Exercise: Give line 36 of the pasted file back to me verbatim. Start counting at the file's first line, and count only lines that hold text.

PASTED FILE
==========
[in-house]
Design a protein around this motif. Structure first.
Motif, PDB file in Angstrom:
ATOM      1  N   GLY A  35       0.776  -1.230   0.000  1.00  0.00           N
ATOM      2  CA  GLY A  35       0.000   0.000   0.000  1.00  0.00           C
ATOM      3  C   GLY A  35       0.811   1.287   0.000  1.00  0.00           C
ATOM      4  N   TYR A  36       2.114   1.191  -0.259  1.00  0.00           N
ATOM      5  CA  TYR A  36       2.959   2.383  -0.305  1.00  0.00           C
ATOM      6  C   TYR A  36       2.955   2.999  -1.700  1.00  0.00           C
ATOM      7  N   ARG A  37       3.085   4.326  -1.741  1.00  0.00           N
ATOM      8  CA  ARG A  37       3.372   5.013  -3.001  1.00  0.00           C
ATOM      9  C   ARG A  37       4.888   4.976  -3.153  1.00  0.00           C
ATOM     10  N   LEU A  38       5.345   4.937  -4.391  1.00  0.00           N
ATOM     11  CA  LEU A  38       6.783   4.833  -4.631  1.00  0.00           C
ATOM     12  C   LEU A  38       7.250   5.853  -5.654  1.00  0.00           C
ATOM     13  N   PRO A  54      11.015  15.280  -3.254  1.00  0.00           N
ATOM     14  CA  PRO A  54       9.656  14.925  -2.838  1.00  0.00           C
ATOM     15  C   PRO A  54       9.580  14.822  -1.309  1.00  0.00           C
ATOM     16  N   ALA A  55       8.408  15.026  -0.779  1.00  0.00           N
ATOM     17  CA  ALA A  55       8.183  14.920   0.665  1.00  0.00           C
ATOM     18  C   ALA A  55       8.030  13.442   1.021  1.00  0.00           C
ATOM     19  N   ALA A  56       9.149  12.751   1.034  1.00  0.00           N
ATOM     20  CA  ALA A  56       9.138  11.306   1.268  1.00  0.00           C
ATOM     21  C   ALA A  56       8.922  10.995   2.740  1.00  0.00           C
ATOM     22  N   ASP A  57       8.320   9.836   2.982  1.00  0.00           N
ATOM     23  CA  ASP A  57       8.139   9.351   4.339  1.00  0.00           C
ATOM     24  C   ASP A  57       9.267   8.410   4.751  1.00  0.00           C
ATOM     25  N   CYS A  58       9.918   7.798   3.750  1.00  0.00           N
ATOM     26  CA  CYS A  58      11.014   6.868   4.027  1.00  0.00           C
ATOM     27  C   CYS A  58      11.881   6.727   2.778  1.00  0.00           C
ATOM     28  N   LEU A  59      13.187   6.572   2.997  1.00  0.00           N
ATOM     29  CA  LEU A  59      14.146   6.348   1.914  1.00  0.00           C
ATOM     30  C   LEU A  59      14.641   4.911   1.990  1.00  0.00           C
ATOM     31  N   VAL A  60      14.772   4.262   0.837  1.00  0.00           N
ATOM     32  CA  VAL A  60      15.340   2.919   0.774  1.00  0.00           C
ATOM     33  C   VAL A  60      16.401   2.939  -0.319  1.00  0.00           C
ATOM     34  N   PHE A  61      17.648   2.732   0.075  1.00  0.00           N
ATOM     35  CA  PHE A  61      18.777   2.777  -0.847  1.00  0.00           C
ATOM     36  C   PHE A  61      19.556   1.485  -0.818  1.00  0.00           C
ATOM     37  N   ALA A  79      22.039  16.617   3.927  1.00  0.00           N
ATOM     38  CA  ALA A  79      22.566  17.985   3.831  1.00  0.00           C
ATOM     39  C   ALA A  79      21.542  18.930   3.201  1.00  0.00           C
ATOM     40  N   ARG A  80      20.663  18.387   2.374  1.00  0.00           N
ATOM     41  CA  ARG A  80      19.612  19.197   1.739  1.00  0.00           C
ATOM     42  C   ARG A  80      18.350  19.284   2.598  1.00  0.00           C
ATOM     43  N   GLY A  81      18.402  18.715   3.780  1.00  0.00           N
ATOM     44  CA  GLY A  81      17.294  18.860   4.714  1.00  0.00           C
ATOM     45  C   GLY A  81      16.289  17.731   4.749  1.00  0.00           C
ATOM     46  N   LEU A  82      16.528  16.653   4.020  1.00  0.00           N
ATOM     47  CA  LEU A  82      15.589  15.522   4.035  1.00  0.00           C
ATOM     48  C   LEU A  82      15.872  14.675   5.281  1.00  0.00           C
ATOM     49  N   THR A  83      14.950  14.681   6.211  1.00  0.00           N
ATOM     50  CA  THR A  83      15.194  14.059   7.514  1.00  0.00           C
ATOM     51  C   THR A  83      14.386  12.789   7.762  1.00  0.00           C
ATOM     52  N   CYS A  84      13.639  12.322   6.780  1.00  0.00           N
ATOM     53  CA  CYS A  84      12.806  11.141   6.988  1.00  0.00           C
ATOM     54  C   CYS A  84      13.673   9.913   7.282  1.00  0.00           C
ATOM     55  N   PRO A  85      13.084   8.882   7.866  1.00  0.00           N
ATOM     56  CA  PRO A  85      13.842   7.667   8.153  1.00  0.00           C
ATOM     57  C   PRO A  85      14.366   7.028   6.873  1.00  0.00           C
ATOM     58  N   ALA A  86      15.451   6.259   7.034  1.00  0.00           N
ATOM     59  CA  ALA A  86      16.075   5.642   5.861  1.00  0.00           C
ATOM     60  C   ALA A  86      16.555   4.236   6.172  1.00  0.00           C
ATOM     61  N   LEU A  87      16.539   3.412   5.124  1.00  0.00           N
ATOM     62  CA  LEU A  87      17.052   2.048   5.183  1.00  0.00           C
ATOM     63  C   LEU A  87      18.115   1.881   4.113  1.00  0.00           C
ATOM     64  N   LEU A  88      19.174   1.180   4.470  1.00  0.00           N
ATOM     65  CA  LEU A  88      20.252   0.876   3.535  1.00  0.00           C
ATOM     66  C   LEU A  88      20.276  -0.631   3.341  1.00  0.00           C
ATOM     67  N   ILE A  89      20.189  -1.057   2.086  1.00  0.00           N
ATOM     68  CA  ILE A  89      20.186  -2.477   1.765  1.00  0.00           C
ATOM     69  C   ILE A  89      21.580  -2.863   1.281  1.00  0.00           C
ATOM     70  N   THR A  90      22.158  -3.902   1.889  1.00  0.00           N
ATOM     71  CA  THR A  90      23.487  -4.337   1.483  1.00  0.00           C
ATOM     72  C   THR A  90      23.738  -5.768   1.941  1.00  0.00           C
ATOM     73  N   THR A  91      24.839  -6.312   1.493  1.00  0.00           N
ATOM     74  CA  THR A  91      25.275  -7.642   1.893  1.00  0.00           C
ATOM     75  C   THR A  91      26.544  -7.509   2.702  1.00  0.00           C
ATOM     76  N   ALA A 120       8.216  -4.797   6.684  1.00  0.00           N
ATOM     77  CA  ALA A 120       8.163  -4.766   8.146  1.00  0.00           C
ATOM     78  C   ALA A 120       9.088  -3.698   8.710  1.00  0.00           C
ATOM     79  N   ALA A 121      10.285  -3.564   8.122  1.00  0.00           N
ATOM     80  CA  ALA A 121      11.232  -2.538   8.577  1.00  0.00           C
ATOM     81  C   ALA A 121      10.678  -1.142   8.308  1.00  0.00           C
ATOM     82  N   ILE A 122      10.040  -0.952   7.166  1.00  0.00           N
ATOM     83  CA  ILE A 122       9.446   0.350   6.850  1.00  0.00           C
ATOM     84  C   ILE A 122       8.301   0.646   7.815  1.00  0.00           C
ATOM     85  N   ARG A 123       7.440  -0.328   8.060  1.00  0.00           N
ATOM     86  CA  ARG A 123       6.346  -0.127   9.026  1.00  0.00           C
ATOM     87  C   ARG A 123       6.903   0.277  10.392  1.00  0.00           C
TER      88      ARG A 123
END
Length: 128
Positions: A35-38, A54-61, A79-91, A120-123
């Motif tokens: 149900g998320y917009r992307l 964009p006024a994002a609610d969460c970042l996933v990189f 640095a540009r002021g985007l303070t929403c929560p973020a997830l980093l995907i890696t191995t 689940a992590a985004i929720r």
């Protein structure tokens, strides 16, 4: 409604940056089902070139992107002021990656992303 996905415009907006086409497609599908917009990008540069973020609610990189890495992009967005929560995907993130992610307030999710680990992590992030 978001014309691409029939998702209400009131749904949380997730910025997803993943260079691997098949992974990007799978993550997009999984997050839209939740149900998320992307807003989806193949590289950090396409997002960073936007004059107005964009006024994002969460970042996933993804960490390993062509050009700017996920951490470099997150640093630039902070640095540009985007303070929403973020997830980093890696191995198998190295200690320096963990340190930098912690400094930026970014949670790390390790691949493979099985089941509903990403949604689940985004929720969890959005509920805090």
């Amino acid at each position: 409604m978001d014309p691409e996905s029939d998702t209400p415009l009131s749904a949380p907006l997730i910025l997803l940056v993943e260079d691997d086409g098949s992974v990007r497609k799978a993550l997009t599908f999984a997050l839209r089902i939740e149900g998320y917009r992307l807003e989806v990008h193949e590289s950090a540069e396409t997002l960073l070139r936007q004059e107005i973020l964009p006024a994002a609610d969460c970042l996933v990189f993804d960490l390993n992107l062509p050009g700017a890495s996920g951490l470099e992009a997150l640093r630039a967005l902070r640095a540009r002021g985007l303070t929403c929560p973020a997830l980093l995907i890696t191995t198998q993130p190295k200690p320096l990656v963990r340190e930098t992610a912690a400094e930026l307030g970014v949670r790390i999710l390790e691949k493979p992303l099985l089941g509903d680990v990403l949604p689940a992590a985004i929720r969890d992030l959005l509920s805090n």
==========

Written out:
ATOM     33  C   VAL A  60      16.401   2.939  -0.319  1.00  0.00           C